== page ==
DC: Redemption terminology in the NT is so bound up with Christ’s work for and in the church that to extend it to whatever good we do in the broader world risks a shift in focus. Not for a moment do I want to deny that we are to serve as salt and light, that exiles may be called to do good in the pagan cities where Providence has appointed them to live (Jer 29), that every square foot of this world is under Christ’s universal reign (even though that reign is still being contested), that the nations of the world will bring their “goods” into the Jerusalem that comes down from above. But many of those who speak easily and fluently of redeeming the culture soon focus all their energy shaping fiscal and political policies and the like, and merely assume the gospel. A gospel that is merely assumed, that does no more than perk away in the background while the focus of our attention is on the “redemption” of the culture in which we find ourselves, is lost within a generation or two. At the same time, I worry about Christians who focus their attention so narrowly on getting people “saved” that they care little about doing good to all people, even if especially to the household of God. Getting this right is not easy, and inevitably priorities will shift a little in various parts of the world, under various regimes. Part of the complexity of the discussion, I think, is bound up with what the church as church is responsible for, and what Christians as Christians are responsible for: I have argued that failure to make this distinction tends to lead toward sad conclusions.

DT: What are some key things for young pastors to keep in mind when they are urged to “engage the culture”?

DC: Know what the gospel is first, comprehensively, accurately, faithfully. Work out from there. Learn to preach to your own people, not to the aggregates set out in books by Barna and Wuthnow (though much can be learned from such books). Whether the “engagement” is part of how you engage people evangelistically, or part of how Christians in your church do good in your own community, keep thinking through what the Bible itself says — and then try, like the men of Issachar, to understand your own times.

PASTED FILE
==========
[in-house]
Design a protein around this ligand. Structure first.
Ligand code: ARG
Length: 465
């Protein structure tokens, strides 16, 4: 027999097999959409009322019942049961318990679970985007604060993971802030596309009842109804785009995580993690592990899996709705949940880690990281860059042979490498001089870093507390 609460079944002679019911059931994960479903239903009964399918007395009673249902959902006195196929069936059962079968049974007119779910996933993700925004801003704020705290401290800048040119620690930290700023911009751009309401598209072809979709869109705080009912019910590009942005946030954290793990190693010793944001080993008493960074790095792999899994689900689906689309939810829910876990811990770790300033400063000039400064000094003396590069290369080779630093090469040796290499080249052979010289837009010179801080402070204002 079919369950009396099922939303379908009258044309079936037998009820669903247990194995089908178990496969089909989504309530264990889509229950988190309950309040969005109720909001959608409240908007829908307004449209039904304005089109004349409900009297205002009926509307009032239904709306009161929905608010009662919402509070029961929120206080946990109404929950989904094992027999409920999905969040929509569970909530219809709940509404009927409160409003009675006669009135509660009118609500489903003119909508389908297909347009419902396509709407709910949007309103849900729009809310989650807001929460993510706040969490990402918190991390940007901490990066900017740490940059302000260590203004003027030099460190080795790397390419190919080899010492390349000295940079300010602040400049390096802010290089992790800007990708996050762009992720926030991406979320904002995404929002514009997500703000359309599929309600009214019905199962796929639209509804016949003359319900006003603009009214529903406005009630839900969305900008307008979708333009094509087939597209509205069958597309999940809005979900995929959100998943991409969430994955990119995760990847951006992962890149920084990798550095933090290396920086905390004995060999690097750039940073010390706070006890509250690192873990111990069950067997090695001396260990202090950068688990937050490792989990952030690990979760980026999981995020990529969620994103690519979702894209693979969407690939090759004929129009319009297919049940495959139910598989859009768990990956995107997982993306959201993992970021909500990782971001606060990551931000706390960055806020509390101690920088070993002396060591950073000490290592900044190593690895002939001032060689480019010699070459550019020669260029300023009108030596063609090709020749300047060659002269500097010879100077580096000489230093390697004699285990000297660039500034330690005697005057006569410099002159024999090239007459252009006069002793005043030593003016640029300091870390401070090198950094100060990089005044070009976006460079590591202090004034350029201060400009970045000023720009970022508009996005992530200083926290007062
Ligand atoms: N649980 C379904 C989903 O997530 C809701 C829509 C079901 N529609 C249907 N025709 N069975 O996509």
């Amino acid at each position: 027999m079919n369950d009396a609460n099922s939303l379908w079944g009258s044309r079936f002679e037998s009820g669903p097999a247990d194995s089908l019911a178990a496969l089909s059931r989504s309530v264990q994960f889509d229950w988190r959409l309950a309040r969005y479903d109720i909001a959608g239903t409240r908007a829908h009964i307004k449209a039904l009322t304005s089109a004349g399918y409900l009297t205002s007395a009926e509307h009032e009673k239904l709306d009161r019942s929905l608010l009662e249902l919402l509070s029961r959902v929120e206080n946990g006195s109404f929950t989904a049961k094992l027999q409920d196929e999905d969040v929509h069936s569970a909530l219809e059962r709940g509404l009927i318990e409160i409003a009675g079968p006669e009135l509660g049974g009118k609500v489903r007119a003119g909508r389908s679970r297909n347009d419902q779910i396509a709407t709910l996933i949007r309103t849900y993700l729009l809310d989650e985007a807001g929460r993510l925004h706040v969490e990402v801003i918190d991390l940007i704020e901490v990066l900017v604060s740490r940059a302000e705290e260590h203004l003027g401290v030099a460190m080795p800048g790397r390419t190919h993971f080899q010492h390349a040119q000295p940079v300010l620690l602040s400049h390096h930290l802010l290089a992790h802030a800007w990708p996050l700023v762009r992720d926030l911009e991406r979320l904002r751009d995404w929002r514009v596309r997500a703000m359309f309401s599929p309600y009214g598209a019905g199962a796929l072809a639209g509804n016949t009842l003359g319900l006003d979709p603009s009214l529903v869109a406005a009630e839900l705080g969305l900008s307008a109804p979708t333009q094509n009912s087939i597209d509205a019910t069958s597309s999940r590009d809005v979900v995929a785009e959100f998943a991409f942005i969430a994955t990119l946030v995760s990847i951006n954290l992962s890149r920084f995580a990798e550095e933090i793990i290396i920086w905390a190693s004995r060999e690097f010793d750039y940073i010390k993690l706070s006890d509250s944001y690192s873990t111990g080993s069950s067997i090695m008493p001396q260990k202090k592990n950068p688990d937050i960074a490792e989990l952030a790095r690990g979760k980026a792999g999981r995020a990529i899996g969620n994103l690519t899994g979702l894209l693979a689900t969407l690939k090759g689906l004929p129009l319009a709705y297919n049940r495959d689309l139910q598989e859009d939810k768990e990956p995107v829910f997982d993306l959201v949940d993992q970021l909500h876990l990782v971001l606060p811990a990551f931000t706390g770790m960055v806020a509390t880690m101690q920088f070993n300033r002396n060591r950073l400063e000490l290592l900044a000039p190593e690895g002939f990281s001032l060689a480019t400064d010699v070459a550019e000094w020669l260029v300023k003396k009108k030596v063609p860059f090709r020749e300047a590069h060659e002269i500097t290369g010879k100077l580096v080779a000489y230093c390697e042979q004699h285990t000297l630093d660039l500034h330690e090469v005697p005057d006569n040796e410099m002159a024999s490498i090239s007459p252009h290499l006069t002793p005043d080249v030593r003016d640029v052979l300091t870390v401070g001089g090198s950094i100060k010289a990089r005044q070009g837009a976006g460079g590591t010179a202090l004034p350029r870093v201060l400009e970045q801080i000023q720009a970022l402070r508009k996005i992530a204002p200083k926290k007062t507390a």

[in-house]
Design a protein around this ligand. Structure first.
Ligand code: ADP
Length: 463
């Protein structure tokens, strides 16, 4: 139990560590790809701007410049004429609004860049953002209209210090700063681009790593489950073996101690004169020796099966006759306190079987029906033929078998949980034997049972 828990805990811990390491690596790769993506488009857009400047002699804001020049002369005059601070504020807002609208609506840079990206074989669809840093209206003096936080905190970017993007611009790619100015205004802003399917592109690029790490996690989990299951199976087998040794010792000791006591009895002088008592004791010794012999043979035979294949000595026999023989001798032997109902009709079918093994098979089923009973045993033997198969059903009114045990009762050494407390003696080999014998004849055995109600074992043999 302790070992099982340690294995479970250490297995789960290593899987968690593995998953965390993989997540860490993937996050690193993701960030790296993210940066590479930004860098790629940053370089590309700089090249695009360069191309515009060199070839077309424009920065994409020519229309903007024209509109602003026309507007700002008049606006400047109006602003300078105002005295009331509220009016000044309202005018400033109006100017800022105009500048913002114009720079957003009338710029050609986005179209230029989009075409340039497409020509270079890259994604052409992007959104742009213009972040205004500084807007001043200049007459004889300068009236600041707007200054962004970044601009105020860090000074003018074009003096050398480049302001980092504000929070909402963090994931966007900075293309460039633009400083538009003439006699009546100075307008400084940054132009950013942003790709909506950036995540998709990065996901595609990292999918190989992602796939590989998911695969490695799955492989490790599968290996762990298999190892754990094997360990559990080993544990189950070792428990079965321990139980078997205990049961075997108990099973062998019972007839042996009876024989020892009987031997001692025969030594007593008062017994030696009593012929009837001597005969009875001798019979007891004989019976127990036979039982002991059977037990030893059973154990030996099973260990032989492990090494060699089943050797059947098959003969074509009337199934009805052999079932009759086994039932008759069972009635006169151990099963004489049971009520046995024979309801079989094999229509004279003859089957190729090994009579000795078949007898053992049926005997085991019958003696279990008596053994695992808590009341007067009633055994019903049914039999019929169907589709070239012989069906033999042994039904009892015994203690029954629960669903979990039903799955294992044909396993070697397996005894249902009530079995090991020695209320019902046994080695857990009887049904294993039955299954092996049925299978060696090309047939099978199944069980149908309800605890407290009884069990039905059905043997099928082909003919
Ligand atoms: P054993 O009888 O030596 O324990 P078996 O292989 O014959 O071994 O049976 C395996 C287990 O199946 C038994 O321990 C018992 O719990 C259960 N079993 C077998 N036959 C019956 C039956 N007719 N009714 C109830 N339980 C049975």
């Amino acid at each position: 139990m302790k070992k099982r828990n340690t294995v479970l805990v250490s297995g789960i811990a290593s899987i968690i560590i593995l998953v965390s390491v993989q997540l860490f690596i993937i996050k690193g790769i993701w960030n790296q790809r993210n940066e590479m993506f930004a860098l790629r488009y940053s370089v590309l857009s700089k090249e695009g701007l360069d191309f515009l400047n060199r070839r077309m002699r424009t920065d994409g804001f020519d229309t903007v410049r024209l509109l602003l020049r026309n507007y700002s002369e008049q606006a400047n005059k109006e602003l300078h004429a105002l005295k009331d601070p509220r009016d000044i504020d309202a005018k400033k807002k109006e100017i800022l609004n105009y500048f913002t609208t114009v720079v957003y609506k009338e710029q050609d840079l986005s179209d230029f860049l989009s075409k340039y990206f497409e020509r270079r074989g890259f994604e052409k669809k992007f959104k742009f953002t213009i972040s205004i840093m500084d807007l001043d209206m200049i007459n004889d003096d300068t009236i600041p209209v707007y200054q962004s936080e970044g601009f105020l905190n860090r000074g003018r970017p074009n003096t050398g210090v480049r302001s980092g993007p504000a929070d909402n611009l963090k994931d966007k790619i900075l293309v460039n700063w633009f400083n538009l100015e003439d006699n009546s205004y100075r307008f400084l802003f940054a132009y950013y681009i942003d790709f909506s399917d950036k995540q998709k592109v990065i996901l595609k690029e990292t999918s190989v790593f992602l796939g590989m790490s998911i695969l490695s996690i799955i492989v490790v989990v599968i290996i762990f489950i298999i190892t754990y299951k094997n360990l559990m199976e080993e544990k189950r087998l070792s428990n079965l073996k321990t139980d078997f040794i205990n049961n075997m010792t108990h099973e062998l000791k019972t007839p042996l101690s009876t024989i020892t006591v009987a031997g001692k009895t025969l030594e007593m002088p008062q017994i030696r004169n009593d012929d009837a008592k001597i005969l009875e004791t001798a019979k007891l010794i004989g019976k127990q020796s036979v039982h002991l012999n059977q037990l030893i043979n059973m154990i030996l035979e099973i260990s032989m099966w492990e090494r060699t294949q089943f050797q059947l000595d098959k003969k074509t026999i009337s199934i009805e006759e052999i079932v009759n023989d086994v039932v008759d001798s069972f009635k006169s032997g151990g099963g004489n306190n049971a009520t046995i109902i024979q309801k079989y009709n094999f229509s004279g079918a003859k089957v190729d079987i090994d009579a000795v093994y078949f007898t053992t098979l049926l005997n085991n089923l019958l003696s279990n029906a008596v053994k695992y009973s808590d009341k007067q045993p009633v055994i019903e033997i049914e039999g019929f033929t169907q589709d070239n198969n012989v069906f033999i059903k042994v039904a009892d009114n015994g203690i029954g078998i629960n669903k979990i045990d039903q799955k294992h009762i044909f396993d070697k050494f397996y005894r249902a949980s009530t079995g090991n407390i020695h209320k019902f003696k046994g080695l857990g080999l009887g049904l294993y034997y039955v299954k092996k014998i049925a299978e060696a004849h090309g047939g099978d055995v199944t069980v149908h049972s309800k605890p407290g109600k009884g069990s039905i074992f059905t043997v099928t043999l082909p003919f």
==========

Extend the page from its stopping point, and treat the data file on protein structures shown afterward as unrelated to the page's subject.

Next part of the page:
The Postmodern Gospel

“The postmodern individual may be the easiest sinner in 200 years to interest in the faith. Yet he is capable of living with contradictions. He can claim to have received Jesus but not believe in his historical existence. He can claim to believe in the inerrancy of Scripture but deny absolute truth. When the gospel is presented as a means of improving self-image, giving us a spiritual and thrilling experience, providing a source for success and fulfillment, or helping us overcome loneliness, we may be speaking the language of the age; however, we have trivialized and distorted the gospel message as to make it meaningless.”

“Perhaps there has never been a time when it has been more vital to present the gospel message clearly and without apology. That Christ died on the cross to save us from our sins and give us his righteousness is the good news, which the sinner must understand. The issue on the table is sin, not felt needs. Our postmodern generation needs to hear that we have offended a holy God and are thus separated from him. If we do not tell them this we are in danger of preaching another gospel (Gal. 1:9).”
-Gary E. Gilley, This Little Church Stayed Home p50-51

(HT: Reformed Voices)